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@Zen's answer plus @whuber's comment to @Konstantin's answer provide a complete proof. Nevertheless, I'll rephrase the proof by trying to place more statistical emphasis.

Indeed, one can say that the sample covariance matrix $S$ is always positive and semi-definite because it can be seen as the variance of a suitable univariate variable, which is always non-negative.

In detail, let $x_1,\ldots,x_n$ be the observed sample, with $x_i = (x_{i1},\ldots,x_{ik})^\top$, $i=1,\ldots,n$. The sample covariance matrix is $$ Q = n^{-1}\sum_{i=1}^n(x_i-\bar x)(x_i-\bar x)^\top, $$ where $\bar x=n^{-1}\sum_{i}x_i$ is the sample average.

Consider now any vector $a = (a_1,\ldots,a_k)^\top$ and take the $y_i$, linear combination of $x_i$ with coefficients $a_i$, i.e. $$ y_i = a^\top x_i = a_1x_{11}+\cdots+a_{k}x_{ik},\quad\text{for all } i. $$

Let $\bar y$ be the sample average of $y_i$'s and note that $\bar y = a^\top \bar x$. The variance of $y_i$ is \begin{align*} 0\leq s_{y}^2 &= n^{-1}\sum_i(y_i-\bar y)^2 = n^{-1}\sum_{i}(y_i-\bar y)(y_i-\bar y)^\top\\ & = n^{-1}\sum_{i} (a^\top x_i - a^\top \bar x)(a^\top x_i - a^\top \bar x)\\ & = a^\top\left(n^{-1}\sum_{i} (x_i - a^\top \bar x)(x_i -\bar x)\right)a\\ & = a^\top S a. \end{align*}

Since $a$ was arbitrary, this completes the proof.

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Let $$ X= \begin{pmatrix} x_{11} & x_{12} & \cdots & x_{1k} \\ x_{21} & x_{22} & \cdots & x_{2k} \\ \vdots & \vdots & \ddots & \vdots\\ x_{n1} & x_{n2} & \cdots & x_{nk} \end{pmatrix} $$ denote the data matrix whose $\left(i,j\right)$-th entry is the $i$-th measurement of the $j$-th variable (with $i \in \{1,\ldots, n\}, j \in \{1,\ldots,k \}$).


The sample covariance matrix $\mathcal S$ can be written as $\mathcal S=n^{-1}X^\top C_n X,$ where $C_n=I_n-n^{-1}\mathbb{1}_n\mathbb{1}_n^\top$ is the centering matrix.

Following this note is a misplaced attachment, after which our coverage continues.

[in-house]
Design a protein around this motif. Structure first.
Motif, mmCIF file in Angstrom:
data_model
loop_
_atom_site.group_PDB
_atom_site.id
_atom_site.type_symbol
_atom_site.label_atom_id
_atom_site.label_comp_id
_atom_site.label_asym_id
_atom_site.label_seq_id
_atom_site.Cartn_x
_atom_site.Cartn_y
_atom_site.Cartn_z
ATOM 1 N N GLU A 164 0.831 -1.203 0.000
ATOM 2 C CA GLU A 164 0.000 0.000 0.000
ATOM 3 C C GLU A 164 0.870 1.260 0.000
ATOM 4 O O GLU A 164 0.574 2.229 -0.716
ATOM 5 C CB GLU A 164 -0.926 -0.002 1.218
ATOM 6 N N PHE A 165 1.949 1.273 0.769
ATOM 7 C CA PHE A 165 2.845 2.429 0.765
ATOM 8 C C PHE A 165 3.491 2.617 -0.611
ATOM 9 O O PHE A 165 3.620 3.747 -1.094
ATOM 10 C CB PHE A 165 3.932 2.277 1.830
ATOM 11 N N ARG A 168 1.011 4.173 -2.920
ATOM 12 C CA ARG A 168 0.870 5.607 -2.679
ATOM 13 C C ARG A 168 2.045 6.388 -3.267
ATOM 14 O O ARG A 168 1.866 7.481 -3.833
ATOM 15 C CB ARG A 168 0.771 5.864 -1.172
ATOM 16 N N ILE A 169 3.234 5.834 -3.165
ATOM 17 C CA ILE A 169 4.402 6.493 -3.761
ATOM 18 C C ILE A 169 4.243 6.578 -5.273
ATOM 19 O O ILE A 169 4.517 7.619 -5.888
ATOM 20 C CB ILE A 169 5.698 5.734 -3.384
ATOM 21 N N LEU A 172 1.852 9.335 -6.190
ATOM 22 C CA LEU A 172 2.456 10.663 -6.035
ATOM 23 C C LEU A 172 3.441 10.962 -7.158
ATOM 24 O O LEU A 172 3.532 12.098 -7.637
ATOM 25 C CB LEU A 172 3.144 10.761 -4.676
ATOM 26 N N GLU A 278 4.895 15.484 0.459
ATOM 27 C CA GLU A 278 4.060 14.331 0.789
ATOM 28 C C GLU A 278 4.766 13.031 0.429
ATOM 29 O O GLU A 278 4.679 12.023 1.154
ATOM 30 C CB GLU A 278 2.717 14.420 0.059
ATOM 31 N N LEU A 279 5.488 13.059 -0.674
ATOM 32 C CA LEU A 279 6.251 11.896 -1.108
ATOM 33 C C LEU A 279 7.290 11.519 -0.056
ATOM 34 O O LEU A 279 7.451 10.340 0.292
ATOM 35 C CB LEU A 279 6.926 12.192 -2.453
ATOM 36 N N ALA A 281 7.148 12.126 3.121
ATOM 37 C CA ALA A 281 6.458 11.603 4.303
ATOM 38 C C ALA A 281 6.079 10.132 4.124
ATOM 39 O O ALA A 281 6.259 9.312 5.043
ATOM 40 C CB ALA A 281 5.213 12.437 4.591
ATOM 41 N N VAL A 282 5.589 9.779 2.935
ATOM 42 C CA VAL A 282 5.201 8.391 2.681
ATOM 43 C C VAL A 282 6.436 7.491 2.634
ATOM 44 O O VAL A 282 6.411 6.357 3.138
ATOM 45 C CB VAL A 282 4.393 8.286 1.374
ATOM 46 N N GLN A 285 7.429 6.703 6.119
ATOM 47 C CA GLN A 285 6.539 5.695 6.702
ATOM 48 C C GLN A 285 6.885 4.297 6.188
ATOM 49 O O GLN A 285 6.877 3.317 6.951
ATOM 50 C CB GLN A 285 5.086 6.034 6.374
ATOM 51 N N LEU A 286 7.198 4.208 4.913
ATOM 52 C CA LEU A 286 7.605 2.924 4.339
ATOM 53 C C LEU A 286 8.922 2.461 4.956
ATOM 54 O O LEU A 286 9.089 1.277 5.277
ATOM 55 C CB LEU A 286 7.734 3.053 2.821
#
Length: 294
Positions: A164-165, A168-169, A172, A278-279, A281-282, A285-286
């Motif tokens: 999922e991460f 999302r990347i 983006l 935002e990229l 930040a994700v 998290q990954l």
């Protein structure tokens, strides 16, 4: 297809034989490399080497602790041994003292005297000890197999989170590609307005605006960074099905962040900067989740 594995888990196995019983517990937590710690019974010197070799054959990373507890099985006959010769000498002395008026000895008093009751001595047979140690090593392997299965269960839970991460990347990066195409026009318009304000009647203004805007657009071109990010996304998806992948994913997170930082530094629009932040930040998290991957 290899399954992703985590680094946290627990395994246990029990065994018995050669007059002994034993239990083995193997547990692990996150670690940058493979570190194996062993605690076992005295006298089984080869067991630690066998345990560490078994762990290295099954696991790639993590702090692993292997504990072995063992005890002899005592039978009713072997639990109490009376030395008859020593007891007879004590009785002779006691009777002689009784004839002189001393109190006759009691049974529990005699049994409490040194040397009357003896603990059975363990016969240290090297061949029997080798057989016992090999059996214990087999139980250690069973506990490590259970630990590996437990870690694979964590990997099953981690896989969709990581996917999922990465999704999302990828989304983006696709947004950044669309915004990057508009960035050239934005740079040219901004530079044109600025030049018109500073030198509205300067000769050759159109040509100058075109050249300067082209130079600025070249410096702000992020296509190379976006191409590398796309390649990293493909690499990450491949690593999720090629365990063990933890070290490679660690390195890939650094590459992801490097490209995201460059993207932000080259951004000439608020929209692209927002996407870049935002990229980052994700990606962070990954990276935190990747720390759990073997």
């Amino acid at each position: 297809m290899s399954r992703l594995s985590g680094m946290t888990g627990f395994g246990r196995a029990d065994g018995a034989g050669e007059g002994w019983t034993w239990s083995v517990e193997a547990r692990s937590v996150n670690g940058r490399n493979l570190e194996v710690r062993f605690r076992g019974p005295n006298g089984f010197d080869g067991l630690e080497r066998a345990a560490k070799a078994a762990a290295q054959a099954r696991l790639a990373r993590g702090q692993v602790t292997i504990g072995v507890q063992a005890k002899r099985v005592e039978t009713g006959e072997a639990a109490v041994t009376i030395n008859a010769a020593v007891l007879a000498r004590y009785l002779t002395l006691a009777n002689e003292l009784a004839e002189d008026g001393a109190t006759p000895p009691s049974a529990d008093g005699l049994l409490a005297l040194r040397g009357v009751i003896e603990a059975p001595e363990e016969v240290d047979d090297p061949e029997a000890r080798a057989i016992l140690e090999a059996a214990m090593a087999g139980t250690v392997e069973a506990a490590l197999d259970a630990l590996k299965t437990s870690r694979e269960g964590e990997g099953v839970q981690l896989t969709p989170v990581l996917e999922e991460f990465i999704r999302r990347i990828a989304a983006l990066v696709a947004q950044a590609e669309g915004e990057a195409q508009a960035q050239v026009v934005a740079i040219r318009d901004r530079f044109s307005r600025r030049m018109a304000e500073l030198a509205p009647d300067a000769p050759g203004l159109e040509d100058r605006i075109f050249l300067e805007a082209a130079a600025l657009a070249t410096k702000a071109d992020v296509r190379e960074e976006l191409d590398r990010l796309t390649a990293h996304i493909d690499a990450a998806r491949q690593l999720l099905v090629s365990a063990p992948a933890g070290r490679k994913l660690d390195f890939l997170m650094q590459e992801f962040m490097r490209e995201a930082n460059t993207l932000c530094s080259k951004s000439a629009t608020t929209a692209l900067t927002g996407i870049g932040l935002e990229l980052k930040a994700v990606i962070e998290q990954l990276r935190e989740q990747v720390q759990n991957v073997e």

Since $C_n$ is symmetric and idempotent, we also have $\mathcal S=n^{-1}X^\top C_n^\top C_n X$.1 But with $Y\mathrel{:=}C_n X$ this becomes $\mathcal S=n^{-1}Y^\top Y$, which is generally positive semi-definite, and positive definite only if the columns of $Y$ are linearly independent.
This means that $\mathcal S$ is positive definite iff the centered measurement vectors of the $k$ variables, i.e. the vectors $\left(x_{1j}-\bar{x}_{.j},\ldots,x_{nj}-\bar{x}_{.j}\right)^\top$ indexed by $j$, are linearly independent.


1Another way to see that $\mathcal S$ can be written as $n^{-1}X^\top C_n^\top C_n X$ is to interpret $X^\top C_n^\top C_n X = \left(C_n X\right)^\top \left(C_n X\right)$ as sum of outer products of the rows of the column-wise centered $X$ with itself.

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I would add to the nice argument of Zen the following which explains why we often say that the covariance matrix is positive definite if $n-1\geq k$.

If $x_1,x_2,...,x_n$ are a random sample of a continuous probability distribution then $x_1,x_2,...,x_n$ are almost surely (in the probability theory sense) linearly independent. Now, $z_1,z_2,...,z_n$ are not linearly independent because $\sum_{i=1}^n z_i = 0$, but because of $x_1,x_2,...,x_n$ being a.s. linearly independent, $z_1,z_2,...,z_n$ a.s. span $\mathbb{R}^{n-1}$. If $n-1\geq k$, they also span $\mathbb{R}^k$.

To conclude, if $x_1,x_2,...,x_n$ are a random sample of a continuous probability distribution and $n-1\geq k$, the covariance matrix is positive definite.